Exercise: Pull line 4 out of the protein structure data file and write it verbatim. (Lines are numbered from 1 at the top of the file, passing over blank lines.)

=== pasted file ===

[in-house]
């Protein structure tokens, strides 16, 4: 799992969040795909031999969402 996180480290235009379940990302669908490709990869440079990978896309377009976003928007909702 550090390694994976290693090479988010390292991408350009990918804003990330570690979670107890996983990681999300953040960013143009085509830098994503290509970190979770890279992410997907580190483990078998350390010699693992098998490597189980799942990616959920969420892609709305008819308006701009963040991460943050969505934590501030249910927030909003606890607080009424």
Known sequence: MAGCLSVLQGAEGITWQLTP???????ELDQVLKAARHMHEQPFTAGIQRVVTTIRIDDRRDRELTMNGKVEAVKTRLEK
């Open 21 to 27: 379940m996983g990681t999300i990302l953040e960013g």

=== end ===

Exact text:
């Open 21 to 27: 379940m996983g990681t999300i990302l953040e960013g």